Early in life, we humans easily distinguish other humans from trees, and trees from cars. But given that we encounter an endless stream of new objects every day, how can our brains so easily categorize these new things and relate them to things already seen? To answer that question, neuroscientists at UC Berkeley recently developed a map of the brain that shows where on its surface different object types are processed.
Earlier studies used data from MRI brain scans to show that certain object categories are processed in distinct areas of the cortex. But how can brains of finite capacity categorize so many object types? Setting out to create a model both precise and comprehensive, the Berkeley team recruited volunteers to watch several hours of movies while MRIs located brain activity as the viewers observed specific objects.
From there, the scientists created a model of the brain’s “semantic space”—a map where objects represented similarly in the brain show up. Some similarities were expected—for example, objects that move are closer to one another in the brain than objects that are stationary. Other clusters, like all “place” objects, were hypothesized but not seen in the data.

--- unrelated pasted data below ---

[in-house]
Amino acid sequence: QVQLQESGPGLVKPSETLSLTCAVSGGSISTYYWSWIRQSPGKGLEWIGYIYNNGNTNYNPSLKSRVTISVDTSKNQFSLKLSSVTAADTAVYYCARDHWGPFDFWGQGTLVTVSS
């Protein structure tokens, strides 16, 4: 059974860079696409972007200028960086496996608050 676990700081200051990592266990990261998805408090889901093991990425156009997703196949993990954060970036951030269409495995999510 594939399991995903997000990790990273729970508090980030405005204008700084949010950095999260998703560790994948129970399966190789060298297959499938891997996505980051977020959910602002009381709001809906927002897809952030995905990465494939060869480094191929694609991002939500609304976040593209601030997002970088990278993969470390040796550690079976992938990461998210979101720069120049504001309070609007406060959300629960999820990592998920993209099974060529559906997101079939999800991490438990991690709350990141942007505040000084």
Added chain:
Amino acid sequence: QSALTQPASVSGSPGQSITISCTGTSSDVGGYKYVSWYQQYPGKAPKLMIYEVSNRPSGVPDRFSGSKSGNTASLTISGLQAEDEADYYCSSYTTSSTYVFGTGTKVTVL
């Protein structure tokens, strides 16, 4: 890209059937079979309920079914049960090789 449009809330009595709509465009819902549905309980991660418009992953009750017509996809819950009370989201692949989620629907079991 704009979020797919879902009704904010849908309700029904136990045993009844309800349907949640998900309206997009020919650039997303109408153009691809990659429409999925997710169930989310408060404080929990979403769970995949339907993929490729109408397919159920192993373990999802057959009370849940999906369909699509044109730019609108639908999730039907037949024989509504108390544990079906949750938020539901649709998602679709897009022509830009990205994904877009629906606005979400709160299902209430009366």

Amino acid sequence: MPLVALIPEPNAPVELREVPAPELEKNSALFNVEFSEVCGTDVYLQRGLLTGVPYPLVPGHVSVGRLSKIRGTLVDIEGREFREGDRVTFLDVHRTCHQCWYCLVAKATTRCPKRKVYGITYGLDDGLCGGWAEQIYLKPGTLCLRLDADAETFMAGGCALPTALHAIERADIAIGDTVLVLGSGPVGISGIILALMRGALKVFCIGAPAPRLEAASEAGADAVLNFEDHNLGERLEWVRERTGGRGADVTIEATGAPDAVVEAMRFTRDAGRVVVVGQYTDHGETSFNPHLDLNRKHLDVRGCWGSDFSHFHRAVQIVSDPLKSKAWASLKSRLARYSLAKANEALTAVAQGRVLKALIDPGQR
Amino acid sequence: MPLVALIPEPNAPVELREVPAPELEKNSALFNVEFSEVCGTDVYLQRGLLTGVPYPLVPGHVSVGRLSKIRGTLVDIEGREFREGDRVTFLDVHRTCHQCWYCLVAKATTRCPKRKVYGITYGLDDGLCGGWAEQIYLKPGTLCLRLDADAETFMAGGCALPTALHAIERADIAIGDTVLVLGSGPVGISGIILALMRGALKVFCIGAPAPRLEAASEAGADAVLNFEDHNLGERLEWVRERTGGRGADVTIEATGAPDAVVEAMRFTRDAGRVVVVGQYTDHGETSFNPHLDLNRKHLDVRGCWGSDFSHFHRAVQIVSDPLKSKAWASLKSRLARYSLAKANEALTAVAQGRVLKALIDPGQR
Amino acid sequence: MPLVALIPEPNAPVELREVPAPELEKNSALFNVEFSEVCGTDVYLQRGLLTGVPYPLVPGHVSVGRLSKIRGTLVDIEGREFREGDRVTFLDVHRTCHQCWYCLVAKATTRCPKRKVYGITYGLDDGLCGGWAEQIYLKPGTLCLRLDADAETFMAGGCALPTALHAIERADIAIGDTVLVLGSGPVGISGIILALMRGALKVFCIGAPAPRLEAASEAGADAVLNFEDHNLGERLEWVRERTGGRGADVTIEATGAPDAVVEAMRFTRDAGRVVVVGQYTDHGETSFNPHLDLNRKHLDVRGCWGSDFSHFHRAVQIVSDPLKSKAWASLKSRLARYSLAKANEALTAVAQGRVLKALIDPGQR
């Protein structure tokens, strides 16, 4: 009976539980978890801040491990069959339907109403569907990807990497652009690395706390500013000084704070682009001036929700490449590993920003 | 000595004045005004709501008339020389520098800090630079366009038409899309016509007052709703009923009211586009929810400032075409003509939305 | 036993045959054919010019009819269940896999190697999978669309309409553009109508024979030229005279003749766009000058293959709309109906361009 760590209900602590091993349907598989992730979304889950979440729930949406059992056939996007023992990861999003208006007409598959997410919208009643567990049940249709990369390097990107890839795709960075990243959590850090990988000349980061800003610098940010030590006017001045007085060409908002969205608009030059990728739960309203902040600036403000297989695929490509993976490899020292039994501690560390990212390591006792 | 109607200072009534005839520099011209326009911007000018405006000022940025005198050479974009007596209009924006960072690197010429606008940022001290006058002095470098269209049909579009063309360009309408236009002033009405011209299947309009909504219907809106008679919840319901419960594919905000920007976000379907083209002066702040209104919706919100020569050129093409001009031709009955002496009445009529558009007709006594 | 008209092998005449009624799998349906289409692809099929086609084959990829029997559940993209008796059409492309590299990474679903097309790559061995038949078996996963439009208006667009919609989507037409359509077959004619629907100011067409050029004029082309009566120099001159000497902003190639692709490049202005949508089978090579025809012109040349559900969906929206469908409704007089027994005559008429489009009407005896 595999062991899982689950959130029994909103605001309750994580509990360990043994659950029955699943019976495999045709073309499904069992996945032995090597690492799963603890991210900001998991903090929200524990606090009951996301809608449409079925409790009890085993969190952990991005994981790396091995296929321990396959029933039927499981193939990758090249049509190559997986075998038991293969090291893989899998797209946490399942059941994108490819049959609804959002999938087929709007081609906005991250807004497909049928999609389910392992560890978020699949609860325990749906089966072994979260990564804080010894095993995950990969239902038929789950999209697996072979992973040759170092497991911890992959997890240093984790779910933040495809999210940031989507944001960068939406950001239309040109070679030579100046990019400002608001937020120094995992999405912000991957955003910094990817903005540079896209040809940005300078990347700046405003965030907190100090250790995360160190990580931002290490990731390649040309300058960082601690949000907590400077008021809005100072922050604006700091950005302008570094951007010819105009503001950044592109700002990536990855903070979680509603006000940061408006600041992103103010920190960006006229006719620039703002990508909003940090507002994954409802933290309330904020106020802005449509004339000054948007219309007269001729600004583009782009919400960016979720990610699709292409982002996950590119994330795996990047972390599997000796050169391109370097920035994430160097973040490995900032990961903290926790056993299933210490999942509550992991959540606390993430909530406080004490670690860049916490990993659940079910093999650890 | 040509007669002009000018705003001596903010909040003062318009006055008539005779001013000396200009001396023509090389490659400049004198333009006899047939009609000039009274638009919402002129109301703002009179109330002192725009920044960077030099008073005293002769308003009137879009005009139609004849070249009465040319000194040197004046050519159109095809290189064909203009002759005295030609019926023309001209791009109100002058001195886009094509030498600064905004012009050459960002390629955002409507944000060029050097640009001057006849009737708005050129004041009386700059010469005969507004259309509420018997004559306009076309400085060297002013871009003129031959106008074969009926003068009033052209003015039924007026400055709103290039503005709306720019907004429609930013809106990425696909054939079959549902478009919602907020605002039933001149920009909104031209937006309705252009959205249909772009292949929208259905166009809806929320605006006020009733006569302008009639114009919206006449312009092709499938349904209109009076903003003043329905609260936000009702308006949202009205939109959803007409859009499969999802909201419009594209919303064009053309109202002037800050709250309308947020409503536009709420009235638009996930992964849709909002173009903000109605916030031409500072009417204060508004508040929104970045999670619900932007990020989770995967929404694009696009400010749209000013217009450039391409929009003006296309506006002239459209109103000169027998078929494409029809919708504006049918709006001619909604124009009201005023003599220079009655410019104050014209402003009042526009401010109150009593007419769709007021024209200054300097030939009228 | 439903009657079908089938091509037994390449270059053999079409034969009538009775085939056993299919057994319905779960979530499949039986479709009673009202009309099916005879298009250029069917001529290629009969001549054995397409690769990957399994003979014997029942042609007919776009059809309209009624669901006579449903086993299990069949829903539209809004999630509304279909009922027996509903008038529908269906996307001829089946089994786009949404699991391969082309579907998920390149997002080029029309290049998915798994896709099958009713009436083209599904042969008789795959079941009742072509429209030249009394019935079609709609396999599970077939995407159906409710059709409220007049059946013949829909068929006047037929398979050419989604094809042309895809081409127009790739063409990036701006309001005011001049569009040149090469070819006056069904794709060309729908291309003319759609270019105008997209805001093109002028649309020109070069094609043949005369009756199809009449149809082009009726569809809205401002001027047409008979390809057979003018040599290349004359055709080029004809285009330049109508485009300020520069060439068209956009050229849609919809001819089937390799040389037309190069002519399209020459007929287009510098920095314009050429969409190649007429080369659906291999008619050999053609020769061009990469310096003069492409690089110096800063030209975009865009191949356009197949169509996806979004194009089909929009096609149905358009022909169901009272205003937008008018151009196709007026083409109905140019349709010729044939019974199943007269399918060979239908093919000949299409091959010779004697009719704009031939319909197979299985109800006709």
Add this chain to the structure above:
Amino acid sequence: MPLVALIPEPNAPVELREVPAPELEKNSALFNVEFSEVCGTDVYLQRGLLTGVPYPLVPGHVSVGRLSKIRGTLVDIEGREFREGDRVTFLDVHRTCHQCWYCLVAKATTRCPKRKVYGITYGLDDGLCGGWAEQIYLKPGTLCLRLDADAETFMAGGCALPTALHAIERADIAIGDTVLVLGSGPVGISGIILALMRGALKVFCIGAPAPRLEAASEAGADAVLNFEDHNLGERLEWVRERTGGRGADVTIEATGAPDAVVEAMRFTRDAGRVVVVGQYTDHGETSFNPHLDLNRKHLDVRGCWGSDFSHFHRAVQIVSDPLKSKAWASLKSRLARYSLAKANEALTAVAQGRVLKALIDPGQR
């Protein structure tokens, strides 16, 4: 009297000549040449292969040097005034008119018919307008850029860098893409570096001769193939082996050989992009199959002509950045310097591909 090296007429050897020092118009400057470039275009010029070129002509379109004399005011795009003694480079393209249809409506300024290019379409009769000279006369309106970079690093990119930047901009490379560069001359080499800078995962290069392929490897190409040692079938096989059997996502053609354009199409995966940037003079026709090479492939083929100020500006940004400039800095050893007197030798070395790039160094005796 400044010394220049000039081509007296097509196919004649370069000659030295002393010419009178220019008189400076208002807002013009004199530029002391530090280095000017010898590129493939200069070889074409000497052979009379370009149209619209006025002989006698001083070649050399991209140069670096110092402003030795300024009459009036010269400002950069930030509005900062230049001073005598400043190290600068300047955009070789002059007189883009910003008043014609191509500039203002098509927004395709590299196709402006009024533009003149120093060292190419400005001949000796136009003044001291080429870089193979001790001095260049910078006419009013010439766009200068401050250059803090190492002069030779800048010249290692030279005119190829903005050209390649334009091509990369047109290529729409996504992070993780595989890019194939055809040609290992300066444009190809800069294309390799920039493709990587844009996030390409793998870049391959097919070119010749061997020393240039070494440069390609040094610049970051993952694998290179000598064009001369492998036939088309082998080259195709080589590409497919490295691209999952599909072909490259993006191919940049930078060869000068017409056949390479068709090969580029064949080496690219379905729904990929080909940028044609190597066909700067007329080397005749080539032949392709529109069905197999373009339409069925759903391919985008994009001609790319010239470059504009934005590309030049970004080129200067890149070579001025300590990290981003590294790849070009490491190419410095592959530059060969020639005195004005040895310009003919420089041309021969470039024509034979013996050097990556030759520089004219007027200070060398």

The study’s lead author, Alex Huth, says future work may explore the difference between visual and conceptual features in the brain: are objects close together on the semantic map because they look the same, or because they have other nonvisual things in common? Such findings could propel the design of smarter computers that can recognize objects the way humans can. Indeed, Huth credits his interest in the brain to a childhood fascination with robots. As an undergraduate, however, he chose neuroscience: “I decided that there was no hope of building truly intelligent machines without understanding how our own intelligence works.”
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